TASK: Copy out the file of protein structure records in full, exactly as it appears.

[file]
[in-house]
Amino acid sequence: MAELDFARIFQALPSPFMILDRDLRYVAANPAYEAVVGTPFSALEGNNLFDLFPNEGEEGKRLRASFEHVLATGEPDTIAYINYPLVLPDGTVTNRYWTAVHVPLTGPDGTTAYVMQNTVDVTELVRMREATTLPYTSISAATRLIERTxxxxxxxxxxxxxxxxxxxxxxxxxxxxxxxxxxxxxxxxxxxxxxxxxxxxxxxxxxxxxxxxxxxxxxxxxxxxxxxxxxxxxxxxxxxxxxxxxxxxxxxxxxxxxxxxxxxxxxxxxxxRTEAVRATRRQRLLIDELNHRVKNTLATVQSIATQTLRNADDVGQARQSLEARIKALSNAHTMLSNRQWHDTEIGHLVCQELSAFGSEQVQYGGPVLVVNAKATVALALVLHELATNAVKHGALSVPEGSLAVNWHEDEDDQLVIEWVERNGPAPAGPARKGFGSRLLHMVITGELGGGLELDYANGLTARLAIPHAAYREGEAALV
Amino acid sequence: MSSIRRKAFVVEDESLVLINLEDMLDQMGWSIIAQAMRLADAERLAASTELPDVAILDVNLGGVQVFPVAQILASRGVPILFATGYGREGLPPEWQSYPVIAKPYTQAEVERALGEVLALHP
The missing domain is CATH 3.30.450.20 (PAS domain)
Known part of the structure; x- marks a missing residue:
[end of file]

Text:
[in-house]
Amino acid sequence: MAELDFARIFQALPSPFMILDRDLRYVAANPAYEAVVGTPFSALEGNNLFDLFPNEGEEGKRLRASFEHVLATGEPDTIAYINYPLVLPDGTVTNRYWTAVHVPLTGPDGTTAYVMQNTVDVTELVRMREATTLPYTSISAATRLIERTxxxxxxxxxxxxxxxxxxxxxxxxxxxxxxxxxxxxxxxxxxxxxxxxxxxxxxxxxxxxxxxxxxxxxxxxxxxxxxxxxxxxxxxxxxxxxxxxxxxxxxxxxxxxxxxxxxxxxxxxxxxRTEAVRATRRQRLLIDELNHRVKNTLATVQSIATQTLRNADDVGQARQSLEARIKALSNAHTMLSNRQWHDTEIGHLVCQELSAFGSEQVQYGGPVLVVNAKATVALALVLHELATNAVKHGALSVPEGSLAVNWHEDEDDQLVIEWVERNGPAPAGPARKGFGSRLLHMVITGELGGGLELDYANGLTARLAIPHAAYREGEAALV
Amino acid sequence: MSSIRRKAFVVEDESLVLINLEDMLDQMGWSIIAQAMRLADAERLAASTELPDVAILDVNLGGVQVFPVAQILASRGVPILFATGYGREGLPPEWQSYPVIAKPYTQAEVERALGEVLALHP
The missing domain is CATH 3.30.450.20 (PAS domain)
Known part of the structure; x- marks a missing residue: